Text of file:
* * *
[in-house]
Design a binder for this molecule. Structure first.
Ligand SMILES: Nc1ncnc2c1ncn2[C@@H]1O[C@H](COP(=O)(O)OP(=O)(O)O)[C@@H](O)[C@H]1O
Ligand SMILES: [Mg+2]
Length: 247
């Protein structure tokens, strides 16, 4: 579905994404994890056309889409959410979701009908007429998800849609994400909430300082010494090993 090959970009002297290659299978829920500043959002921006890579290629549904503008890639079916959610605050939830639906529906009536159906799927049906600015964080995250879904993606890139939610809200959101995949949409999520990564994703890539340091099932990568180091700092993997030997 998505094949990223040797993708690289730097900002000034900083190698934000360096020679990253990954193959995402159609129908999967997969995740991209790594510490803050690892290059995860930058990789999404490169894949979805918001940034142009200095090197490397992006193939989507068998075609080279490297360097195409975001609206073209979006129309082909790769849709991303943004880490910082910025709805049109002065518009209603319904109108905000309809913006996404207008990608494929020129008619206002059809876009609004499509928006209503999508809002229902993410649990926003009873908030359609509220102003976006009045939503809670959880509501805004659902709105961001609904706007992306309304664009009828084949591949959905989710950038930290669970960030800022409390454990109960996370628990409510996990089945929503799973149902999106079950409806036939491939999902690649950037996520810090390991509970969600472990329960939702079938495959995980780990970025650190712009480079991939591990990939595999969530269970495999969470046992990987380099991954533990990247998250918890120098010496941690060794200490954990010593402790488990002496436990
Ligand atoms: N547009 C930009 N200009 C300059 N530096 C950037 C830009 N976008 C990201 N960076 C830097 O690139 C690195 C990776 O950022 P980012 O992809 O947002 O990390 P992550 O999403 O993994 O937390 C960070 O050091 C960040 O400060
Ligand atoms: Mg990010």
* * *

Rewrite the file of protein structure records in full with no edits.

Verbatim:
[in-house]
Design a binder for this molecule. Structure first.
Ligand SMILES: Nc1ncnc2c1ncn2[C@@H]1O[C@H](COP(=O)(O)OP(=O)(O)O)[C@@H](O)[C@H]1O
Ligand SMILES: [Mg+2]
Length: 247
């Protein structure tokens, strides 16, 4: 579905994404994890056309889409959410979701009908007429998800849609994400909430300082010494090993 090959970009002297290659299978829920500043959002921006890579290629549904503008890639079916959610605050939830639906529906009536159906799927049906600015964080995250879904993606890139939610809200959101995949949409999520990564994703890539340091099932990568180091700092993997030997 998505094949990223040797993708690289730097900002000034900083190698934000360096020679990253990954193959995402159609129908999967997969995740991209790594510490803050690892290059995860930058990789999404490169894949979805918001940034142009200095090197490397992006193939989507068998075609080279490297360097195409975001609206073209979006129309082909790769849709991303943004880490910082910025709805049109002065518009209603319904109108905000309809913006996404207008990608494929020129008619206002059809876009609004499509928006209503999508809002229902993410649990926003009873908030359609509220102003976006009045939503809670959880509501805004659902709105961001609904706007992306309304664009009828084949591949959905989710950038930290669970960030800022409390454990109960996370628990409510996990089945929503799973149902999106079950409806036939491939999902690649950037996520810090390991509970969600472990329960939702079938495959995980780990970025650190712009480079991939591990990939595999969530269970495999969470046992990987380099991954533990990247998250918890120098010496941690060794200490954990010593402790488990002496436990
Ligand atoms: N547009 C930009 N200009 C300059 N530096 C950037 C830009 N976008 C990201 N960076 C830097 O690139 C690195 C990776 O950022 P980012 O992809 O947002 O990390 P992550 O999403 O993994 O937390 C960070 O050091 C960040 O400060
Ligand atoms: Mg990010």